The corrosive language of Bollywood

Strap yourselves in, patient readers. Pull out your patience and worry it gently between your fingers, for this is not going to be a short post.

We’ll start with a little bit of personal anecdote, because it’s highly relevant to what I’ll go on to say. On Monday night, I went to see a gig in London. By fate’s cruel conspirations, I found myself committed to working from 8.30 a.m. the next day, on the other side of the city from where I actually live. The friend who accompanied me lives even further from where the gig was than I do, hence she was in as much of a hurry as I to leg it out. An early finish was swiftly undermined by our getting on the wrong branch of the Northern Line, rushing off the train and then my seeing a man rush frantically to the doors, holding up her card-holder as the train rushed off.

I persuaded her to catch the next train to the next stop and scour the platform. Gloriously, he was there, right at the other end. She received her card-holder, and he showed us alternative, quicker routes to reach our respective destinations. A young woman had given him a newspaper to read while he waited for us. As luck would have it, she turned out to be on our carriage when we boarded the next train, and was introduced to us. Already buzzing from a brilliant live music experience earlier, my friend and I were now steeped in gratitude at the kindness of strangers.

Once I reached my destination, I suddenly remembered that oh shit, I had absolutely no number for the friend I was meant to stay with (mobile or flat number!), and couldn’t even remember which residence she was staying in. A lady in the Residences Office narrowed it down to one residence, which I got lost trying to find, and had to seek directions to a second time, as the rain began. Trying not to panic, I began the laborious process of ringing and knocking, asking for my friend.

Fairly early on, a guy (Bangladeshi or Pakistani, I assumed) let me in and let me knock on doors inside the flat. He also said I could call him if I didn’t find my friend, before going back to his room. I had no luck, slipped out, and continued my mission. He and another guy from the flat came out a little later and were watching me go, ringing doorbells because my survival at work depended on it. As I drew back from another series of unanswered disappointments, they called me over. I went over and explained the situation: I had more doors to go, and my phone’s Internet wasn’t working. The thing that worried me, I explained, was that I needed to establish some sort of contact soon, or I wouldn’t be able to go home and would be stranded. The first guy let me use his Net briefly, and I waited in his room for my friend to ring. Just as I was giving up hope and resigning myself to sleeping there (he even offered me a pair of his shorts, which I put on and then whipped off shortly after!), the call came. I was blessedly saved from the awkwardness of depending on a total stranger.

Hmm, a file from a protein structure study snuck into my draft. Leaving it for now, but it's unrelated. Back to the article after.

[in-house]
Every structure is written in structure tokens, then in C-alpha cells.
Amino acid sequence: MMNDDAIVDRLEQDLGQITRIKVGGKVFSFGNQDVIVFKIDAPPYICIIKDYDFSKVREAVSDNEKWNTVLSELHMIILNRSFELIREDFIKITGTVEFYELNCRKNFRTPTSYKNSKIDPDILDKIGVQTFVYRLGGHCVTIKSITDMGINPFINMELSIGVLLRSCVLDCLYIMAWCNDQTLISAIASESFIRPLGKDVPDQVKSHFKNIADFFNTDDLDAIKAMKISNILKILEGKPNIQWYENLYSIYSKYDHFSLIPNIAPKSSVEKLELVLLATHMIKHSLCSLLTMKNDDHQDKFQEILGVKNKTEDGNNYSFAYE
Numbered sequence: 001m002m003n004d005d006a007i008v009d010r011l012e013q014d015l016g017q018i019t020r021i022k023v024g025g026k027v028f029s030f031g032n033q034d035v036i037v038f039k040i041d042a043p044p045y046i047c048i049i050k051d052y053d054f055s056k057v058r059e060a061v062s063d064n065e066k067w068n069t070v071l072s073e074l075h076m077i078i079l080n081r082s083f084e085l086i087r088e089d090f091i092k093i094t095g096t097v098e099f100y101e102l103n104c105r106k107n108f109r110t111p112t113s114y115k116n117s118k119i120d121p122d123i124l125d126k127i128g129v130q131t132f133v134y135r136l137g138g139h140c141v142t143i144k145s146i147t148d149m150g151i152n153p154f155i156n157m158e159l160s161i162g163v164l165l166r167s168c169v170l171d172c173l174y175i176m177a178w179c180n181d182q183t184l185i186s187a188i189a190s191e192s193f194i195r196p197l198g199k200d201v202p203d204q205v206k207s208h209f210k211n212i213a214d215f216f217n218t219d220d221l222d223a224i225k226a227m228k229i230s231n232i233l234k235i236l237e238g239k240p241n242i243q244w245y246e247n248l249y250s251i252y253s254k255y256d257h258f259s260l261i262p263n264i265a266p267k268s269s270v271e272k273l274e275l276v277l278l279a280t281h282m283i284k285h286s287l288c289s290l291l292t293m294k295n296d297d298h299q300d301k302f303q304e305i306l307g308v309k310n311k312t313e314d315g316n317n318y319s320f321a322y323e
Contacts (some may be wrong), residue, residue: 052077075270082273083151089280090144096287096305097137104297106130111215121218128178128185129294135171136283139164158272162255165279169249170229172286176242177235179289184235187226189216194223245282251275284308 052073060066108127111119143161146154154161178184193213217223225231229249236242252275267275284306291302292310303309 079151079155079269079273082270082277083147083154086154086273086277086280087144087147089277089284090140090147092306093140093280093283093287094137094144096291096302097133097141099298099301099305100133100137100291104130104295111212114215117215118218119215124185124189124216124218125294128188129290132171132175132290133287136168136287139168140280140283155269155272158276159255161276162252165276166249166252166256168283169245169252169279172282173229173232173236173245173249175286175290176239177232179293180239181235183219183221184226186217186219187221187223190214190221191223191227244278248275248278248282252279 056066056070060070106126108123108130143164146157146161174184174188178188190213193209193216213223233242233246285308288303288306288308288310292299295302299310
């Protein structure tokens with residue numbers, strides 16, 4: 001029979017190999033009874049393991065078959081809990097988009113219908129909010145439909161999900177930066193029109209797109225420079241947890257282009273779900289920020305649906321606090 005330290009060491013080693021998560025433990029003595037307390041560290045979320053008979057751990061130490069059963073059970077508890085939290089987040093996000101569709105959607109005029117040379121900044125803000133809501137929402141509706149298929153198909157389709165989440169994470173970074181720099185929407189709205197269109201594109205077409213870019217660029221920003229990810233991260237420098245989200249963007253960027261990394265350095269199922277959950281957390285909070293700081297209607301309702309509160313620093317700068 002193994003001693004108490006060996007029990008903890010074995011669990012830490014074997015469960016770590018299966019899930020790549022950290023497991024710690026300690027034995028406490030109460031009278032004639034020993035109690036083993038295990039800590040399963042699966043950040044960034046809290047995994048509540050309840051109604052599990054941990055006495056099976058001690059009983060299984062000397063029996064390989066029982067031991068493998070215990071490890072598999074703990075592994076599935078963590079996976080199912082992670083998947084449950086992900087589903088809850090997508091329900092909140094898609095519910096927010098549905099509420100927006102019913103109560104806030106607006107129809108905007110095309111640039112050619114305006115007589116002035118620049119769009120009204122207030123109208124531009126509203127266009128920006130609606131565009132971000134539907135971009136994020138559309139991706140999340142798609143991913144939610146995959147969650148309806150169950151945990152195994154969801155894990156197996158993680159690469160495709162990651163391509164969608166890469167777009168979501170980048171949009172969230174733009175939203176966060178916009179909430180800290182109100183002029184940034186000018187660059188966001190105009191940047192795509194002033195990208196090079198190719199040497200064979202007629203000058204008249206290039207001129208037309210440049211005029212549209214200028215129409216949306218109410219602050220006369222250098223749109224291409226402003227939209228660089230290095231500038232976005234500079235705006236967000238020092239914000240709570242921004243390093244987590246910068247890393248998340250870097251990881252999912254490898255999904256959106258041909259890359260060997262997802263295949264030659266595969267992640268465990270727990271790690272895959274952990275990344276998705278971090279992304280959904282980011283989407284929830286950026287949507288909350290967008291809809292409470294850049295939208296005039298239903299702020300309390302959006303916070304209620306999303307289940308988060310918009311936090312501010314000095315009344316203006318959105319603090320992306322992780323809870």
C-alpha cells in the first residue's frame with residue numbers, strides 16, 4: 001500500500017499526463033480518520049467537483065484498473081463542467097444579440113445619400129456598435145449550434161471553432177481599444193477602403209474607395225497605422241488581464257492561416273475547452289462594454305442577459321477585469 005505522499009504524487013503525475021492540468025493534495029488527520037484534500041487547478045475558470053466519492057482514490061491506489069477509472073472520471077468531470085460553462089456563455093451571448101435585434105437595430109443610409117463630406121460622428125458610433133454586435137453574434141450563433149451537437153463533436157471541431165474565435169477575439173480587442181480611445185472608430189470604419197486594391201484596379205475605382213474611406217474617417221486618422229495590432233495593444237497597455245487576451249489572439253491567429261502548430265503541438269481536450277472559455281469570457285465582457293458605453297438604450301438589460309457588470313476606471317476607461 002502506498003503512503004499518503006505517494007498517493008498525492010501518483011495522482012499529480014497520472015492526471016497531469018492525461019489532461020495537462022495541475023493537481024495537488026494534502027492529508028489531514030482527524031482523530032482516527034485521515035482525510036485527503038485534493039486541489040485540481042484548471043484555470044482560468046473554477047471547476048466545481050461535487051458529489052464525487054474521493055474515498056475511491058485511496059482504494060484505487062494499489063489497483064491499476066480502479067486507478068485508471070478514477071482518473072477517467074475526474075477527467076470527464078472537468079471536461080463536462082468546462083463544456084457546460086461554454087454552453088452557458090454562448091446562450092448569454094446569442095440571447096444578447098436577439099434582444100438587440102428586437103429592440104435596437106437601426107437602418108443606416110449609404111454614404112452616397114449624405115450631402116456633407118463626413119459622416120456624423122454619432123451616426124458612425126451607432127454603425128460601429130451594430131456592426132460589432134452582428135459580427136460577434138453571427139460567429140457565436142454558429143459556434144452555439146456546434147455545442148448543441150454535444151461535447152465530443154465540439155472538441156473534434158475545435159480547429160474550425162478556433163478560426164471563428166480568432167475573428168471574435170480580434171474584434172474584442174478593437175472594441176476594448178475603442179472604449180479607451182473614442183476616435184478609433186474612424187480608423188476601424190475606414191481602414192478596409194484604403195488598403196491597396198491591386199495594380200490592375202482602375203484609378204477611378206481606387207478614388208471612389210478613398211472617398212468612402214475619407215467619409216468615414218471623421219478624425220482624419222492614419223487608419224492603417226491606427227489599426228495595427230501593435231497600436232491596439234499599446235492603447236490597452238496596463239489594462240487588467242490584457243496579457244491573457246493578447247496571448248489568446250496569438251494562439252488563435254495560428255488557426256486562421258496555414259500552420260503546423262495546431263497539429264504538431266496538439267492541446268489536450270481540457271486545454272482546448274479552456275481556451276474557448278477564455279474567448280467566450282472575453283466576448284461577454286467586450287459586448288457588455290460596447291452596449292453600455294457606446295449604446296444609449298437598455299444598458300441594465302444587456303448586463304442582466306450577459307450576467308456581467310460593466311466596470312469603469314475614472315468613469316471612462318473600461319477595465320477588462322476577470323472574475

Nonetheless, I was grateful (as you would be) for his help, which came without any of the attendant sleaze and creepiness that a young female might reasonably expect (especially when I found out he was Indian!). He insisted on walking me to my friend’s flat, and I thanked him. I eventually got to bed (though I didn’t sleep amazingly… my friend was up till 5 a.m.!) and the next day at work was actually pretty fun.

The evening was when things got interesting. I had considered, and then forgotten, the possibility of  adding the Indian dude on Facebook, or even just messaging to say thanks. Maybe even proposing a hot drink or somesuch, if I was ever in the area. Then, I got this message:


I hope you remember me, It was quite strange the way we met each other last night, but now I cant stop thinking about you,
I know its looks strange, but it was not only mere coincidence,

Just want to meet you once, If you feel like meeting reply back

My best friend and boyfriend were slightly more amused and less dismayed at this than I. As my best friend put it: ‘Yeah, kinda saw that one coming.’


‘Bollywood.’ I wasn’t exactly blind to the decidedly filmi aspects of the message (lame, over-dramatised intensity, anyone?), but my friend’s repeated and direct invocation of Bollywood sealed it. My brain was sent spinning; I would have to write about this.